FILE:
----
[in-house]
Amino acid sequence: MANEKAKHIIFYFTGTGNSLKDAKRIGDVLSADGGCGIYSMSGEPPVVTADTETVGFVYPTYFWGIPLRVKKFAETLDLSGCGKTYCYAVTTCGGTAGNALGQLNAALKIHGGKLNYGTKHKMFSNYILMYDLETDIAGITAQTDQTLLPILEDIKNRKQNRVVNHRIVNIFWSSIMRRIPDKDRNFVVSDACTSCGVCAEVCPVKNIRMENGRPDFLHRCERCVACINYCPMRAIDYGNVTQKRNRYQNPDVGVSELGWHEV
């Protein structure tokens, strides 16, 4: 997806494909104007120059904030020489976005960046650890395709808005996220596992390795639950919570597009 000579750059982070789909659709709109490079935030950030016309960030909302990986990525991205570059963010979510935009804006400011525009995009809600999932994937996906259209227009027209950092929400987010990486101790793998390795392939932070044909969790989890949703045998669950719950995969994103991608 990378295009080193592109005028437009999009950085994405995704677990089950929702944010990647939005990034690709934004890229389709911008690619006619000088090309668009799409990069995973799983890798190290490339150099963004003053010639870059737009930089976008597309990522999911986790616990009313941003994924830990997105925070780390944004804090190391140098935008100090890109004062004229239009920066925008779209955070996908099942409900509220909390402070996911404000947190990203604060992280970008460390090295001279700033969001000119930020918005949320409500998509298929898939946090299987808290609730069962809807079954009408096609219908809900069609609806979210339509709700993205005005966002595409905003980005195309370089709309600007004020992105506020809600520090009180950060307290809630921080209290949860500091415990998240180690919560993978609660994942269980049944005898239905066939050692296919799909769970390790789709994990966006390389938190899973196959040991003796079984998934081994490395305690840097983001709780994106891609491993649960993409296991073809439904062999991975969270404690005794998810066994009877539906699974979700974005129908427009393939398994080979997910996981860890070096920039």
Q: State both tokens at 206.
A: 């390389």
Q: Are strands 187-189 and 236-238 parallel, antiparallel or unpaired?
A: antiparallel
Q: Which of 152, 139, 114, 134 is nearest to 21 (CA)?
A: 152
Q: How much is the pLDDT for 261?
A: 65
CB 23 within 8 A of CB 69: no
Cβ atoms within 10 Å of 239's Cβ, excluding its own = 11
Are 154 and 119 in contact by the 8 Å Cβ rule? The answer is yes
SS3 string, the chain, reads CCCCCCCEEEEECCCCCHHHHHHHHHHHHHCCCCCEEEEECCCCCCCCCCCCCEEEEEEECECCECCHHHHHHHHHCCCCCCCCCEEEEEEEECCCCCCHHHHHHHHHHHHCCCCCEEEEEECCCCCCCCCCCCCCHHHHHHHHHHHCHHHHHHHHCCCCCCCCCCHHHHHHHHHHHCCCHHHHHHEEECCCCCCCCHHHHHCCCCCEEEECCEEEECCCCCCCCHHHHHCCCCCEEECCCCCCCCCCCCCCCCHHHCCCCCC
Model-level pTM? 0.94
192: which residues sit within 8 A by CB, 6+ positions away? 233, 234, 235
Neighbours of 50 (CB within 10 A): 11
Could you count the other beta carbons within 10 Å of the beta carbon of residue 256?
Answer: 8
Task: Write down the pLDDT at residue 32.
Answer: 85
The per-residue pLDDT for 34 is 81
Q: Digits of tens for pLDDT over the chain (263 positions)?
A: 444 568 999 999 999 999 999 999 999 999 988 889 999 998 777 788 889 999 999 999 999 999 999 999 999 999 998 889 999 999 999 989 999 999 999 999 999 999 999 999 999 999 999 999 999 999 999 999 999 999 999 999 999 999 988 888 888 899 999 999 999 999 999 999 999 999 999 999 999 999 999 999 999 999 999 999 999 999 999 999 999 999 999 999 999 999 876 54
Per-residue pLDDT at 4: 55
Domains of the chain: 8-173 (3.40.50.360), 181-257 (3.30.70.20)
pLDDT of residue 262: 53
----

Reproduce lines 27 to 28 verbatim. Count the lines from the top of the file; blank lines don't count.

Domains of the chain: 8-173 (3.40.50.360), 181-257 (3.30.70.20)
pLDDT of residue 262: 53